Until 1989, Germany was a divided country. East Germany was under communist rule. The powerbase of the communist government was its secret service – the infamous “Staatssicherheit,” also known as the Stasi. As a West German, I knew that the Stasi was likely to open the envelope when I sent a letter to my friends in the east part of Berlin. I also knew that the Stasi was likely to listen in when I called, so we were careful not to talk politics (or the music tapes I would smuggle across the border on my next visit) on the phone.
Hong Kong-based sex toy company Lovense’s remote control vibrator app (Lovense Remote) recorded a use session without their knowledge. An audio file lasting six minutes was stored in the app’s local folder. The users says he or she gave the app access to the mic and camera but only to use with the in-app chat function and to send voice clips on command — not constant recording when in use. Other users confirmed this app behavior, too.
Employers are using a range of technologies to monitor their staff’s web-browsing patterns, keystrokes, social media posts and even private messaging apps.
Organizations that use CCTV systems could be putting themselves at risk of breaching GDPR data protection and privacy requirements by failing to understand how the forthcoming regulations cover the collection of visual data.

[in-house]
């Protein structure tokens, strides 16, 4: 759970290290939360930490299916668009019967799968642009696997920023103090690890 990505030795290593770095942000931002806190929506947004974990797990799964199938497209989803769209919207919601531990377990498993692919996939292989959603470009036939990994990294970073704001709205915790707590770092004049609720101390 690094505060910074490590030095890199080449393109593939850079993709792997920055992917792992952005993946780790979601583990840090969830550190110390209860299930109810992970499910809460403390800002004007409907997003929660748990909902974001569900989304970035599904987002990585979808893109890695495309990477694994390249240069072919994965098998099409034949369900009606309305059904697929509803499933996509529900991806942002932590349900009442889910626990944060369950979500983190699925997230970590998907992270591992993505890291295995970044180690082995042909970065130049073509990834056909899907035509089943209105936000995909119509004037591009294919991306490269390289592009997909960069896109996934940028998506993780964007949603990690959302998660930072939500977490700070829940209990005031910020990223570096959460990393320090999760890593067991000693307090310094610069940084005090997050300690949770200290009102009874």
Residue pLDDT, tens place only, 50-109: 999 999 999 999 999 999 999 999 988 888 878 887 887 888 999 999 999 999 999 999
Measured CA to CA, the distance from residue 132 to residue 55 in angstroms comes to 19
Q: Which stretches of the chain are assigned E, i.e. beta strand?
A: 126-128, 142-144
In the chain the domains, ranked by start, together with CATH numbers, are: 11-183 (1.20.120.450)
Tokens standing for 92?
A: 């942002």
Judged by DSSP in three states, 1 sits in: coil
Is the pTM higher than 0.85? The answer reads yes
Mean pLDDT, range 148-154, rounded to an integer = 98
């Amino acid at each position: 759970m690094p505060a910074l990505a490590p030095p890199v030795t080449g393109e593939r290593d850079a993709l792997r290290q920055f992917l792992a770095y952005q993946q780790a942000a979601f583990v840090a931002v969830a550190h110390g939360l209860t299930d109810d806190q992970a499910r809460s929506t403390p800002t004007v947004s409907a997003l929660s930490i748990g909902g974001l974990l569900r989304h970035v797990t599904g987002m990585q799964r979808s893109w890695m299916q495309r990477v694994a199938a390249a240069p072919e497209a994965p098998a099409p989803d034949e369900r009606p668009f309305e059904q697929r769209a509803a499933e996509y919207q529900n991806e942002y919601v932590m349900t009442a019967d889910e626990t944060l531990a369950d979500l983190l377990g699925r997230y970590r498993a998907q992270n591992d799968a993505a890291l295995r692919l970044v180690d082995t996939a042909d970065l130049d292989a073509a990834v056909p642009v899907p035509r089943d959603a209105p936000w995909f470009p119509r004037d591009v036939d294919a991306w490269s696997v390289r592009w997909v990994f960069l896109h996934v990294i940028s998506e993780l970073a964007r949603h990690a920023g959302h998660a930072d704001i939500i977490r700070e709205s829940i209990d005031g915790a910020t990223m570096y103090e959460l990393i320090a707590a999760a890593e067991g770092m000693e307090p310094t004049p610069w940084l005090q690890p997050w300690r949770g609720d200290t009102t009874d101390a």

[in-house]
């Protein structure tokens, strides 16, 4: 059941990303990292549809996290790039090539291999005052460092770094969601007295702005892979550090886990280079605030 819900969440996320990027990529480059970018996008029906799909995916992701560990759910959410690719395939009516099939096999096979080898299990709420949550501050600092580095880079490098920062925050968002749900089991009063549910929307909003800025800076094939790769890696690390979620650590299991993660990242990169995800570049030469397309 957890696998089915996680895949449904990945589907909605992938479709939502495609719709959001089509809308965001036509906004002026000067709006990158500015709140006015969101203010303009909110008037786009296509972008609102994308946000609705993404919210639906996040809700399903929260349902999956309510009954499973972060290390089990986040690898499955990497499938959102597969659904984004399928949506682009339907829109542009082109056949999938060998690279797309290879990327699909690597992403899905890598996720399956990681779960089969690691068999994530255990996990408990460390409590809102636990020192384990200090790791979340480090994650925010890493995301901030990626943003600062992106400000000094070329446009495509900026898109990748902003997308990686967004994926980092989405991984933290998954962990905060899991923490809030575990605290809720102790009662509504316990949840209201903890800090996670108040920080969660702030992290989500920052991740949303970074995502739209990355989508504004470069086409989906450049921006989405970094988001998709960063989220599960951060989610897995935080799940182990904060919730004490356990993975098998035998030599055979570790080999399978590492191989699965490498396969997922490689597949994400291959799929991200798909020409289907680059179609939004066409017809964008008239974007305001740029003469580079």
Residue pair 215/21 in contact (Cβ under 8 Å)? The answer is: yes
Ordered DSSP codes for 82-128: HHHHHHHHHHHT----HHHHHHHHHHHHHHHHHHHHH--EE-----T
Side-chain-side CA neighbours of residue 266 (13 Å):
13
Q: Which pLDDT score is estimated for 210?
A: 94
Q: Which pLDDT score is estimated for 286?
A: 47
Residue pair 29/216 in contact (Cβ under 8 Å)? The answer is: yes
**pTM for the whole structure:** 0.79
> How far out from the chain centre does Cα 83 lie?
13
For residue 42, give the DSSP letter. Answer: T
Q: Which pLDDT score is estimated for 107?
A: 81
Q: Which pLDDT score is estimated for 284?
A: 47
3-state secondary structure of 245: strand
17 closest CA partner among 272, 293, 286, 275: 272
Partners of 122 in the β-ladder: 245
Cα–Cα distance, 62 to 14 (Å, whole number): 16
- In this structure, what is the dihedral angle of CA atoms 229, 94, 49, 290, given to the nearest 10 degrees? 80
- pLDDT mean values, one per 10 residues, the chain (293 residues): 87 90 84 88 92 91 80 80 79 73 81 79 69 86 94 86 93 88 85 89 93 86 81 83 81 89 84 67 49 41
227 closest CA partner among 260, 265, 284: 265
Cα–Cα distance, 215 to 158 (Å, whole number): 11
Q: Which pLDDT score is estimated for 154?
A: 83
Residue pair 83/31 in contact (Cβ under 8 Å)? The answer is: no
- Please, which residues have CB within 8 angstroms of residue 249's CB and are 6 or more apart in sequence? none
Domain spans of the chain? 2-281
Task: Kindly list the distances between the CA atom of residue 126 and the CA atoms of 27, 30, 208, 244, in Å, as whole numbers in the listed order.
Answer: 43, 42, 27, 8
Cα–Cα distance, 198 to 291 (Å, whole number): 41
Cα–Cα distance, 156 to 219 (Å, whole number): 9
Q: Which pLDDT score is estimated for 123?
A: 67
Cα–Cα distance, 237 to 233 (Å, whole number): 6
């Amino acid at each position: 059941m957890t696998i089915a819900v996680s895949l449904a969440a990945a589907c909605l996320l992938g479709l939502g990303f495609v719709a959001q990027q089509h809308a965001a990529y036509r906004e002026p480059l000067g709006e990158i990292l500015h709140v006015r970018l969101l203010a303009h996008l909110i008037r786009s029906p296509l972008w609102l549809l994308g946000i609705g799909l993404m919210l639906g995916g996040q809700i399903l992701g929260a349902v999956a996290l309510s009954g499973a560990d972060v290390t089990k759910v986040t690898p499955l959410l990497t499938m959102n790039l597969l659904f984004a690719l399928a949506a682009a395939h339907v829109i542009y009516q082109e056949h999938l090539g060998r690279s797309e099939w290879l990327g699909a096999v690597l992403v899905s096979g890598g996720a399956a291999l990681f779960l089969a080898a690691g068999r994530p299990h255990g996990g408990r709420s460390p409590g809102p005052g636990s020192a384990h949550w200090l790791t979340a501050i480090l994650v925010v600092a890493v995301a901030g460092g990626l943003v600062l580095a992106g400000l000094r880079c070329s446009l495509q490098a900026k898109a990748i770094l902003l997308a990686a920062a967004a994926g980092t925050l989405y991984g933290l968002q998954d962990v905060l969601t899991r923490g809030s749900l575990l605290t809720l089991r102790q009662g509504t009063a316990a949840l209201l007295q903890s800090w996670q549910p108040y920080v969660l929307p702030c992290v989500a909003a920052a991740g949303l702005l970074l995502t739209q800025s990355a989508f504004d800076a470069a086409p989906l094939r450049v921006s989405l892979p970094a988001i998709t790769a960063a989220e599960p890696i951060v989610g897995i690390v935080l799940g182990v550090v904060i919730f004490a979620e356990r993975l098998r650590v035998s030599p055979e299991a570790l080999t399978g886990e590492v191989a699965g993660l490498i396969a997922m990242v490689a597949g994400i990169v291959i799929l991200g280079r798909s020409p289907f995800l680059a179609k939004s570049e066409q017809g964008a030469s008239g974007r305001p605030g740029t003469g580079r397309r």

On Tuesday 7 November, three joined cases brought by civil liberties and human rights organisations challenging UK Government surveillance will be heard in the Grand Chamber of the European Court of Human Rights (ECtHR).
The sheer volume of data Facebook has on you is difficult to comprehend, which makes it incredibly creepy – and ripe for conspiracy theories.
European Court of Human Rights has heard 10 Human Rights Organizations v. UK, a legal challenge which will impact surveillance practices around the world. The organizations who brought the case argue that surveillance by UK and US intelligence services violated their fundamental rights.
The US Homeland Security Department is opting for a faster procurement option for the technology of facial scanning to deploy on its borders.
On Oct. 17, Israel’s data protection authority, which recently changed its name to the Privacy Protection Authority (formerly the ILITA), published guidelines on the use of surveillance cameras in the workplace and in the framework of an employment relationship. The new guidelines constitute supplementary materials to previous guidelines on the more general issue of privacy consideration in the use of surveillance cameras.
U.S. officials are now permitted to collect usernames and other social media information from all immigrants seeking to enter the country. The new rule went into effect October 18 as an amendment to the U.S. Privacy Act of 1974.